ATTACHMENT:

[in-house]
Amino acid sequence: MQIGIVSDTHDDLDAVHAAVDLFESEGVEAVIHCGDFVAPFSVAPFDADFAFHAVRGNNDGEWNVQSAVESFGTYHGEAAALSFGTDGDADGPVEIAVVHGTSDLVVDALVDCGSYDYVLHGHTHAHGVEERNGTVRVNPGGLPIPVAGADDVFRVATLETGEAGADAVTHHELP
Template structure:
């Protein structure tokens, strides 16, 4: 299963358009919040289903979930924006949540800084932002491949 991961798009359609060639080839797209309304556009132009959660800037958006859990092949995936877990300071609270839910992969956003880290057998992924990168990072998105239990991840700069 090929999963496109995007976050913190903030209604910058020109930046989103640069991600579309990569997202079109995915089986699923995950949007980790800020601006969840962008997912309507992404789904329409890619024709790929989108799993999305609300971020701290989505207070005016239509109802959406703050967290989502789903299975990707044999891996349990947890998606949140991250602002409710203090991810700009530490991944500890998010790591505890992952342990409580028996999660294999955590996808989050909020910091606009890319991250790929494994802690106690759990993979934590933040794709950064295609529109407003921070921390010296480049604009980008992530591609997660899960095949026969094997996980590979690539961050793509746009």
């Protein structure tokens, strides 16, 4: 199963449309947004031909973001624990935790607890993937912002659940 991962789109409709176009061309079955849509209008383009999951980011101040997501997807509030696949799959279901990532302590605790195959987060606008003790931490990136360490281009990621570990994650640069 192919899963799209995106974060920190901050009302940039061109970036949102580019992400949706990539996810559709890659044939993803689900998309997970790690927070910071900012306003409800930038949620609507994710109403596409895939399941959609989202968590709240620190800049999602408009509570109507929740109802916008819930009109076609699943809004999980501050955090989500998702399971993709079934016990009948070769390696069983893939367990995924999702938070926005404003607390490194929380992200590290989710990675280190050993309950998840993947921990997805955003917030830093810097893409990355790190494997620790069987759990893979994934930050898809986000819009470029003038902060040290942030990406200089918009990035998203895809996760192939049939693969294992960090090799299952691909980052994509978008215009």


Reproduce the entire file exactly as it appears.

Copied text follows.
[in-house]
Amino acid sequence: MQIGIVSDTHDDLDAVHAAVDLFESEGVEAVIHCGDFVAPFSVAPFDADFAFHAVRGNNDGEWNVQSAVESFGTYHGEAAALSFGTDGDADGPVEIAVVHGTSDLVVDALVDCGSYDYVLHGHTHAHGVEERNGTVRVNPGGLPIPVAGADDVFRVATLETGEAGADAVTHHELP
Template structure:
């Protein structure tokens, strides 16, 4: 299963358009919040289903979930924006949540800084932002491949 991961798009359609060639080839797209309304556009132009959660800037958006859990092949995936877990300071609270839910992969956003880290057998992924990168990072998105239990991840700069 090929999963496109995007976050913190903030209604910058020109930046989103640069991600579309990569997202079109995915089986699923995950949007980790800020601006969840962008997912309507992404789904329409890619024709790929989108799993999305609300971020701290989505207070005016239509109802959406703050967290989502789903299975990707044999891996349990947890998606949140991250602002409710203090991810700009530490991944500890998010790591505890992952342990409580028996999660294999955590996808989050909020910091606009890319991250790929494994802690106690759990993979934590933040794709950064295609529109407003921070921390010296480049604009980008992530591609997660899960095949026969094997996980590979690539961050793509746009």
């Protein structure tokens, strides 16, 4: 199963449309947004031909973001624990935790607890993937912002659940 991962789109409709176009061309079955849509209008383009999951980011101040997501997807509030696949799959279901990532302590605790195959987060606008003790931490990136360490281009990621570990994650640069 192919899963799209995106974060920190901050009302940039061109970036949102580019992400949706990539996810559709890659044939993803689900998309997970790690927070910071900012306003409800930038949620609507994710109403596409895939399941959609989202968590709240620190800049999602408009509570109507929740109802916008819930009109076609699943809004999980501050955090989500998702399971993709079934016990009948070769390696069983893939367990995924999702938070926005404003607390490194929380992200590290989710990675280190050993309950998840993947921990997805955003917030830093810097893409990355790190494997620790069987759990893979994934930050898809986000819009470029003038902060040290942030990406200089918009990035998203895809996760192939049939693969294992960090090799299952691909980052994509978008215009």